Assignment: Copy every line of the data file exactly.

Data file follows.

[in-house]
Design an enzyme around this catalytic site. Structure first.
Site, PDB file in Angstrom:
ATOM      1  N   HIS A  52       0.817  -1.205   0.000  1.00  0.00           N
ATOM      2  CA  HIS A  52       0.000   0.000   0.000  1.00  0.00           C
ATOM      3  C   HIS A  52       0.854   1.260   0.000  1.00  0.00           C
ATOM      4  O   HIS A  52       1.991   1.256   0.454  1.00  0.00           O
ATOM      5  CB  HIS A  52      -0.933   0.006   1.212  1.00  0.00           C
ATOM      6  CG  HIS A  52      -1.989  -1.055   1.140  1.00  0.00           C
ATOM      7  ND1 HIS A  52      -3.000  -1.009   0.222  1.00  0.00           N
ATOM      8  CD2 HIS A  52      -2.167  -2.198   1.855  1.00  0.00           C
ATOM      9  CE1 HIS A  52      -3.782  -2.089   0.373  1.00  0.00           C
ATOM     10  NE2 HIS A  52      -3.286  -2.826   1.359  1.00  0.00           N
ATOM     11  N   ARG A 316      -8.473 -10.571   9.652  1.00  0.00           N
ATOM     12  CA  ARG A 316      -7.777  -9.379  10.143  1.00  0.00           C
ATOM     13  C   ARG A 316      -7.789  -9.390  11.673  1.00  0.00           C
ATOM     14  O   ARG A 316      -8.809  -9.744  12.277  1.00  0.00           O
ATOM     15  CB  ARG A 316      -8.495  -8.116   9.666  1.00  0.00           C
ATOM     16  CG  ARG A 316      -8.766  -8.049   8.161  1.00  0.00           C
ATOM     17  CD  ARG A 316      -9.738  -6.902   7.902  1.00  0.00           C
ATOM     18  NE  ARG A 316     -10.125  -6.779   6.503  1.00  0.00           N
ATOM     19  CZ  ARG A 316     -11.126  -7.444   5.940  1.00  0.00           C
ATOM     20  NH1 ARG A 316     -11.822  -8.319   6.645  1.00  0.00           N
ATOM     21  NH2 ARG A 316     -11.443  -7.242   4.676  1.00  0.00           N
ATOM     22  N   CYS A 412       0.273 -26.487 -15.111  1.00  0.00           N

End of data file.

[in-house]
Design an enzyme around this catalytic site. Structure first.
Site, PDB file in Angstrom:
ATOM      1  N   HIS A  52       0.817  -1.205   0.000  1.00  0.00           N
ATOM      2  CA  HIS A  52       0.000   0.000   0.000  1.00  0.00           C
ATOM      3  C   HIS A  52       0.854   1.260   0.000  1.00  0.00           C
ATOM      4  O   HIS A  52       1.991   1.256   0.454  1.00  0.00           O
ATOM      5  CB  HIS A  52      -0.933   0.006   1.212  1.00  0.00           C
ATOM      6  CG  HIS A  52      -1.989  -1.055   1.140  1.00  0.00           C
ATOM      7  ND1 HIS A  52      -3.000  -1.009   0.222  1.00  0.00           N
ATOM      8  CD2 HIS A  52      -2.167  -2.198   1.855  1.00  0.00           C
ATOM      9  CE1 HIS A  52      -3.782  -2.089   0.373  1.00  0.00           C
ATOM     10  NE2 HIS A  52      -3.286  -2.826   1.359  1.00  0.00           N
ATOM     11  N   ARG A 316      -8.473 -10.571   9.652  1.00  0.00           N
ATOM     12  CA  ARG A 316      -7.777  -9.379  10.143  1.00  0.00           C
ATOM     13  C   ARG A 316      -7.789  -9.390  11.673  1.00  0.00           C
ATOM     14  O   ARG A 316      -8.809  -9.744  12.277  1.00  0.00           O
ATOM     15  CB  ARG A 316      -8.495  -8.116   9.666  1.00  0.00           C
ATOM     16  CG  ARG A 316      -8.766  -8.049   8.161  1.00  0.00           C
ATOM     17  CD  ARG A 316      -9.738  -6.902   7.902  1.00  0.00           C
ATOM     18  NE  ARG A 316     -10.125  -6.779   6.503  1.00  0.00           N
ATOM     19  CZ  ARG A 316     -11.126  -7.444   5.940  1.00  0.00           C
ATOM     20  NH1 ARG A 316     -11.822  -8.319   6.645  1.00  0.00           N
ATOM     21  NH2 ARG A 316     -11.443  -7.242   4.676  1.00  0.00           N
ATOM     22  N   CYS A 412       0.273 -26.487 -15.111  1.00  0.00           N